Saturday, December 5, 2009

just how many "speak Esperanto"?

D: from Wiki.

Native speakers
Main article: Native Esperanto speakers
Ethnologue relates estimates that there are 200 to 2000 native Esperanto speakers (denaskuloj), who have learned the language from birth from their Esperanto-speaking parents.[1] This usually happens when Esperanto is the chief or only common language in an international family, but sometimes occurs in a family of devoted Esperantists.

Every year, 1,500–3,000 Esperanto speakers meet for the World Congress of Esperanto (Universala Kongreso de Esperanto).[43]


the length of study time it takes Francophone high school students to obtain comparable 'standard' levels in Esperanto, English, German, and Italian.[24] The results were:
2000 hours studying German =
1500 hours studying English =
1000 hours studying Italian =
150 hours studying Esperanto.

Finnish linguist Jouko Lindstedt, an expert on native-born Esperanto speakers, presented the following scheme[39] to show the overall proportions of language capabilities within the Esperanto community:
1,000 have Esperanto as their native language.
10,000 speak it fluently.
100,000 can use it actively.
1,000,000 understand a large amount passively.
10,000,000 have studied it to some extent at some time.

D: I wonder if that holds up as a rule of thumb for various other languages.
The whole magntitude- pyramid.
D: I also wonder how other aux-langs stack up for time required to speak them.

I imagine ease-of-learning cannot be an afterthought in language design.
'Tis either a design priority from the beginning or does not happen.

I wonder if anybody has ever thought to compare various aux-langs in this regard.
Aside: A magnitude is a 10x shift.
Decibel means a doubling of sound for every 3 DBs.
A math-based naming convention could encapsulate any variant of such schemes.
For example, a tripling every 4 units of increase. Dunno why one would wish to, but one could.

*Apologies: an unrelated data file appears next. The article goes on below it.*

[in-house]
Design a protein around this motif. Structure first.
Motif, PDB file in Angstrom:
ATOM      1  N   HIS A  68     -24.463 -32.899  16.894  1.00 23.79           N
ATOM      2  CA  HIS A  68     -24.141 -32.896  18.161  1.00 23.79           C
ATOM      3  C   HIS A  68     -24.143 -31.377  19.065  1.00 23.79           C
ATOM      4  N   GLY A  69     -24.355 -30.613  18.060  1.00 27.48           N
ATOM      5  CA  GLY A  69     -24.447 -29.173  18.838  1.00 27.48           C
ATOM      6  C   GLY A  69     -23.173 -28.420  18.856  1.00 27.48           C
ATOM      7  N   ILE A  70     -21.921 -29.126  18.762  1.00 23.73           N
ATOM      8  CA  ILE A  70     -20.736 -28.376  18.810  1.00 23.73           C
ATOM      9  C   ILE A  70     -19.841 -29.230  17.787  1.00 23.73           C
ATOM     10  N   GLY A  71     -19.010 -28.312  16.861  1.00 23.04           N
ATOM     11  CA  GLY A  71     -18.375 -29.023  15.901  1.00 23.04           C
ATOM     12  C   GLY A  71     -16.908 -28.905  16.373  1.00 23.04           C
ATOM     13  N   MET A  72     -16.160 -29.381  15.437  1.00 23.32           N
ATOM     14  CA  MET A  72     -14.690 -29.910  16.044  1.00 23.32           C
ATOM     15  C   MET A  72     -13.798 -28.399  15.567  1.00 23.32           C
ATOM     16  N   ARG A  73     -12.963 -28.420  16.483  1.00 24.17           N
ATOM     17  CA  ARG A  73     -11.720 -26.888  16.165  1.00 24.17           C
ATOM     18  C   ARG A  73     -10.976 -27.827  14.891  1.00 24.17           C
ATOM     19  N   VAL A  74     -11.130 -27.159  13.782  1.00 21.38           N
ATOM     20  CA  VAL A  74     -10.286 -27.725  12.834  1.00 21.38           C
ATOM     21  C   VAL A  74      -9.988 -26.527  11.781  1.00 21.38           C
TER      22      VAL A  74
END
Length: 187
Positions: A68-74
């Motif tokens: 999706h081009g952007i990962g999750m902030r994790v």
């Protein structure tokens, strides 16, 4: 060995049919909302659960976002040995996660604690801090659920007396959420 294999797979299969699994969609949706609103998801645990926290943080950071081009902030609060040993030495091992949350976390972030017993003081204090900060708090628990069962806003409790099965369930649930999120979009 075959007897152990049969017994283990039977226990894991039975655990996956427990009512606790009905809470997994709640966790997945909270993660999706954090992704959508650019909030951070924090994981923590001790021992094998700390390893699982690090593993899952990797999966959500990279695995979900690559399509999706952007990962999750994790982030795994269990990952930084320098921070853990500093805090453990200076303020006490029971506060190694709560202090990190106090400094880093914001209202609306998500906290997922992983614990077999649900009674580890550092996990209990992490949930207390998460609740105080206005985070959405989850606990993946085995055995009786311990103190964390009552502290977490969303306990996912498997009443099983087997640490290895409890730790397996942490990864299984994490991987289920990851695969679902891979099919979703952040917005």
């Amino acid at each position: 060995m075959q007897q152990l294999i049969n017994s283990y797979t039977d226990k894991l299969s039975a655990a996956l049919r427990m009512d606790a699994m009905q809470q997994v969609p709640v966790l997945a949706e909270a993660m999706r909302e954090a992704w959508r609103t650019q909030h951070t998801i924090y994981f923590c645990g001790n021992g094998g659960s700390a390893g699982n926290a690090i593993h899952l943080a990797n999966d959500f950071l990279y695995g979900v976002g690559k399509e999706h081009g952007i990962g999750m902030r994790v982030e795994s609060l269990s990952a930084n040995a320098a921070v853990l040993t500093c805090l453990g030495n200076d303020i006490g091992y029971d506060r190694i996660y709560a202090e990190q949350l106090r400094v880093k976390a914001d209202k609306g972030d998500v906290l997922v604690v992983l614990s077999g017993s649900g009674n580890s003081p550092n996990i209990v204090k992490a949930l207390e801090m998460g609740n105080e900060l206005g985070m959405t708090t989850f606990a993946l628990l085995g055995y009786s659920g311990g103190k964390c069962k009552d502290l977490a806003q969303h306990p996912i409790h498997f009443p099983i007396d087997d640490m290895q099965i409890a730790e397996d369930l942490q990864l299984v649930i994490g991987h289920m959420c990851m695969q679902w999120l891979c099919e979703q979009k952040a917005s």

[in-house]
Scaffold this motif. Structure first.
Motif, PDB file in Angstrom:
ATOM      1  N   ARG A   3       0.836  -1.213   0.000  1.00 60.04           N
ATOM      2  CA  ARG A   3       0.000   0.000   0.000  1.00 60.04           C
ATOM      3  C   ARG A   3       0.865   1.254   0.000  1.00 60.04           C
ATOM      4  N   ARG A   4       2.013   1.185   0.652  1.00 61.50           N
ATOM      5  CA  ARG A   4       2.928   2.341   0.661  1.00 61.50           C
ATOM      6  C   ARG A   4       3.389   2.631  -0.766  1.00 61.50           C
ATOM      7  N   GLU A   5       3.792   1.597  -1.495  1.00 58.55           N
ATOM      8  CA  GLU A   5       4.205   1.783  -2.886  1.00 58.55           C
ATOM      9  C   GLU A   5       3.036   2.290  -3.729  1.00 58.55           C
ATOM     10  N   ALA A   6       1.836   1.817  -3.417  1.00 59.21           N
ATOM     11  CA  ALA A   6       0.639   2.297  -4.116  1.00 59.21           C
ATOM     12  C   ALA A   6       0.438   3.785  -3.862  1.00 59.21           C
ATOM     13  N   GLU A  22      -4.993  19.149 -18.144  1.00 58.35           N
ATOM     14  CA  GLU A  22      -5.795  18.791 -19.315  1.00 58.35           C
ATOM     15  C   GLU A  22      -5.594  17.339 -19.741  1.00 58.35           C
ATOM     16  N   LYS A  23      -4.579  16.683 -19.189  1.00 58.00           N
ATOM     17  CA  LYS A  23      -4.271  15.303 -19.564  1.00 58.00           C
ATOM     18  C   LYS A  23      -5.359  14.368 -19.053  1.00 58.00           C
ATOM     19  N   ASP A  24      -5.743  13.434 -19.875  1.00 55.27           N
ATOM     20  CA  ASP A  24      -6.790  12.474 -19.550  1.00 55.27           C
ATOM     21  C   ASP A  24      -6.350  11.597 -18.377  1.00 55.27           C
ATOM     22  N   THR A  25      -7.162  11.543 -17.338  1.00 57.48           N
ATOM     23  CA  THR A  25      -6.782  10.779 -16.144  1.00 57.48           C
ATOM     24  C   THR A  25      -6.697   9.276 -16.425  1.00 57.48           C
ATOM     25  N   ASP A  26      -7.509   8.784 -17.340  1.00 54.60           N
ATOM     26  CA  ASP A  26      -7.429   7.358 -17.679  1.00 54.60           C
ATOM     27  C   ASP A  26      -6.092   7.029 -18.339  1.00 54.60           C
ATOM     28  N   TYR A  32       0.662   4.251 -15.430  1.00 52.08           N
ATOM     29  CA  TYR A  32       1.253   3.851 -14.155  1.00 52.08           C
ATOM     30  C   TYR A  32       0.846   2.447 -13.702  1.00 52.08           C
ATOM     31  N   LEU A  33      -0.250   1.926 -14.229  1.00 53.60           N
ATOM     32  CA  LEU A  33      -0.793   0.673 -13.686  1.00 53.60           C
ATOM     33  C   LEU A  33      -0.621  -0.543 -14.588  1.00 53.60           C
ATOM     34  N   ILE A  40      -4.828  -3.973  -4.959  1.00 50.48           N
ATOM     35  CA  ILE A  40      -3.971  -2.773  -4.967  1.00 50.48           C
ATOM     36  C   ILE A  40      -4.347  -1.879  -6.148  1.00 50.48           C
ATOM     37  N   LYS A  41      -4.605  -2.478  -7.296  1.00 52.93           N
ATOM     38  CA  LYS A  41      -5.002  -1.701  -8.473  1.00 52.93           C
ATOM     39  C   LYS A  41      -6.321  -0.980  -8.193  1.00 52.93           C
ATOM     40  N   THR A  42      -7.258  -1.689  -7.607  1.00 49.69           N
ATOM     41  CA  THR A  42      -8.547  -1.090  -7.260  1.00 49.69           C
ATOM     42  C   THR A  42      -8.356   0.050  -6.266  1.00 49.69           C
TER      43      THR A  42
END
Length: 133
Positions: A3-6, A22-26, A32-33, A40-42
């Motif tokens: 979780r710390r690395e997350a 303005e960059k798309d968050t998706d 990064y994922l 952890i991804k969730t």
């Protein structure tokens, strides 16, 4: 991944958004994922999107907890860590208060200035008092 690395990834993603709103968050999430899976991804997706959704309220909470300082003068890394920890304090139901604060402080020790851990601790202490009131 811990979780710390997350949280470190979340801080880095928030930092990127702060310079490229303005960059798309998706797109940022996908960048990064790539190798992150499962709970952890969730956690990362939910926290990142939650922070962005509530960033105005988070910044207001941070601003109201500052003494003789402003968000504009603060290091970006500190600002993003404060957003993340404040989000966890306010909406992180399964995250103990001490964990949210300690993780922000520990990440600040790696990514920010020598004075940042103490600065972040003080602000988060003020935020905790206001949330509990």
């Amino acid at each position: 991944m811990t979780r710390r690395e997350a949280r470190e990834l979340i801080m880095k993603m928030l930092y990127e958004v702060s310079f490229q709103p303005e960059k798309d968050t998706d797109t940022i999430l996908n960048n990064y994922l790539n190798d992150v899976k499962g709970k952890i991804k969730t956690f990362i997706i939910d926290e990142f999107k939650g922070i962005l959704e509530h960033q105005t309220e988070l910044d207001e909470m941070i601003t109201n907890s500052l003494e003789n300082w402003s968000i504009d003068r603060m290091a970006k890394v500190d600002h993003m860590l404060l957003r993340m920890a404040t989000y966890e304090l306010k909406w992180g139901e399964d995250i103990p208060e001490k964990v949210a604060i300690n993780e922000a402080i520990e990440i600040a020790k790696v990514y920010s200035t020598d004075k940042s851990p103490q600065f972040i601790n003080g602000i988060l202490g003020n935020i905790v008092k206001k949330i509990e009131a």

I imagine a robust fraction naming system would be pivotal.

Well, so the question I pose is how does one promote one's language?
Most auxlangs never develop a significant following. Heck, I imagine many designers cannot themselves speak their own language fluently, LOL.
To summarize the success of earlier attempts:
1) expert professional backing
2) find a niche demographic that emotionally identifies with some purported theme of the language
3) right time, right place
4) an enthusiastic and motivated founder, often a highly charismatic speaker and writer.
5) gain support of various government (? and NGO ?) organizations.

Beyond that, I'd say the Internet is the key to promoting actual language acquisition.
Language lessons that are made by educators that understand teaching of language is key.
I am a literacy tutor of the Laubach school myself.

I wonder about use of a vanity press.
D: nice breakdown of costs.

I am still intrigued by the prospect of using Magnetic Poetry.

There are PDF-digital only sites that sell products.
I personally ordered Cyberpunk 2020 RPG from one. Called drive-thru I think.
No paper- no publishing and S&H costs.
D: DIY fridge magnet word set.
Maybe I'll get motivated enough this winter.
Esperanto really lends itself to this.
There are online virtual Magnetic Poetry sets.
I tried to contact the designer, but failed.
Any Espo-ist out there about to make a custom Esperanto version?
Cuz I'd wanna host something like that!

My roomie J is a talented linguist, a real polyglot.
He said he'd learn Esp-o just so I have somebody to practise with.
He speaks masterful English, tutors in French, gets by in German, and dabbles in Russian and Japanese, and some Chinese.
I'd be curious what his thoughts on Esp-o will be.

Aside; Kiph's Law.
Mod. Greek ("KEH"); Esperanto ("KIE")
Hmm. We say and - VcC.
Greeks say keh- CV. Esperanto says CVv. The small "V" denotes a compound vowel sound, albeit brief.
Hmm. I would have expected Kiph's Law to suggest that more languages would have very simple VC or CV forms of 'and'.
Like French- et.

From the point of view of Decimese, reducing 'and' to some math plus-variant concept is a good starting point.
Then we can 'trick out' the word with various consonant clusters 'n vowel diphthongs for nuance.

OK. So I have only one entry left this year. It'll be an overview of the closed-class English words, reduced to their component meanings. Together with a proposal of how to rebuild these meanings in Decimese.
It'll be my first vocabulary items.

LOL and finally I'll have something concrete enough to be criticized. I'll hafta learn to defend my own languge.
So far I've been all offense and no defense. It is easy to criticize, but much more difficult to produce quality work...


Hoss said...

Saluton Dino,

There's a "virtual fridge" for Esperanto magnetic poetry at

- Hoss

dino snider said...

That is awesome! Thanks Hoss.

dino snider said...

I find this somewhat misleading, regarding French speakers.
As a Latin-based Romance language, I'd expect Esp-o to be pretty obvious in lexical roots.
Now try a non-Romance language. I suspect the learning times would shift heavily.